Can social media success really have an impact on share price?

Contrary to expectation, markets are very emotional places…and individual share prices are often influenced by sentiment as much as the fundamentals. Every IR and PR professional knows this and they know the power that 3rd parties like the financial press have to drive sentiment.

Many believe that social media can have a similar impact but there’s not been much hard data to support that view.

However as reported, our recent Social Media and the City study DID find some pretty interesting links between strong social media performance as measured by PRINT™ and positive share price movements.

The detail is in the study but, for the statistically challenged (like me) the scattergraph below shows the correlation between the PRINT™ Receptiveness score at the beginning of November and the monthly change in share price to 28 November. These were all statistically significant (r > 0.207, N = 100, p < 0.05). This effectively means that if one variable were to rise or fall, chances are that the other would too. The p bit means there is at least a 95% probability that this relationship is not happening by chance – a level at which studies in the social sciences are generally accepted to be true.

On the basis of these initial findings we think someone should fund a longer, more detailed study to determine whether or not this represents a real and consistent lead indicator.

We’re open to offers!

2 Responses to “Can social media success really have an impact on share price?”

  1. Beth Granter December 13, 2012 at 11:00 am #

    This is a really interesting piece of research and I agree it would be good for someone to fund further research into it. I have a few questions and comments about the research methodology and the data…

    Firstly, it’s not clearly shared how ‘social media performance’ is being measured. If it takes into account sentiment in social buzz around the brand for example, then this will be impacted not just by the brand’s ability to use social media, but external factors such as overall sentiment towards the brand, which will of course affect share price. So if people start to like your brand more in general, then social media sentiment will improve, as well as share price. It doesn’t mean that it’s your social media success that’s driving the share price.

    Secondly, ‘social media success’ at a one off point in time has been used as a comparison with the change in share price over one month. Would the change in social media success over the same time would be a better comparative metric?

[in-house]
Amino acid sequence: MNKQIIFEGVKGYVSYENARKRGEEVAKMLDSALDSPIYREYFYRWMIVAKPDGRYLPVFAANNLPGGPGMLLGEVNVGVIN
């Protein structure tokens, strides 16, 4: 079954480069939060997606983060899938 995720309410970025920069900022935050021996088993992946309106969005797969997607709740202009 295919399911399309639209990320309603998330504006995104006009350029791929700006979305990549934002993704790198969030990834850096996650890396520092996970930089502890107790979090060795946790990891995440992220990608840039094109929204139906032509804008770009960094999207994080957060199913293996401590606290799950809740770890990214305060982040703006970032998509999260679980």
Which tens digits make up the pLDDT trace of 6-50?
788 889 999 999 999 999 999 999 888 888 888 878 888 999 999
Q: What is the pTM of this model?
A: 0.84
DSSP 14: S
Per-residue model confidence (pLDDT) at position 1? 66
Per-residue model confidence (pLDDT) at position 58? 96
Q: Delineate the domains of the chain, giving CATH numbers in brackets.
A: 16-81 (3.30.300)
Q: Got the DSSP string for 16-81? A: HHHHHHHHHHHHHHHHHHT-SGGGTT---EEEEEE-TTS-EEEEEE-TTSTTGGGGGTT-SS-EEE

Thirdly, a correlation of course doesn’t equal causation. It may be that a healthy business whose share price is going up is more able to invest in a strong social media programme, leading to a high ‘receptiveness score’, rather than social media success driving share price. Of course the opposite may be true.

    Finally, am I correct in that the receptiveness scores range between 1 and 500, and increasing one point on this scale is correlated with a 0.2% share price increase?



  2. Niall Cook December 13, 2012 at 11:39 am #

    Hi Beth,

    First off, thanks for taking the time to look at the data. Let me take a stab at some of your questions.

    1. How is ‘social media performance’ being measured?

    As outlined in the report, this is measured using our PRINT™ methodology, details of which can be found extensively on this site. is a good starting place. It does not measure wider buzz or sentiment, but purely the performance of the company’s ‘owned’ social media assets.

    2. Would the change in social media performance over time be a better comparative metric?

    It may, and that’s part of what we are suggesting in terms of further research. That said, we measured social media performance over a full week, not just a single point in time, in order to even out any spikes or troughs, then compared against multiple share price movement periods.

    3. Might a healthy business whose share price is going up more able to invest in a strong social media programme, leading to a high receptiveness score?

    Possibly, but as you (and we say) we need to be very careful using phrases like ‘leading to’ as that implies a directionality that may not exist. However, better receptiveness is not just about (and actually, very rarely about) how much resource a company throws at social media, but how focused they are.

    4. Is increasing one point of the receptiveness scale correlated with a 0.2% share price increase?

    In this research we were focused on the correlation between the two sets of variables, and the findings suggest that if one increases/decreases the other will likely do the same. Further linear regression analysis would be required to determine the kind of relationship you are suggesting.

    I hope that’s helpful.

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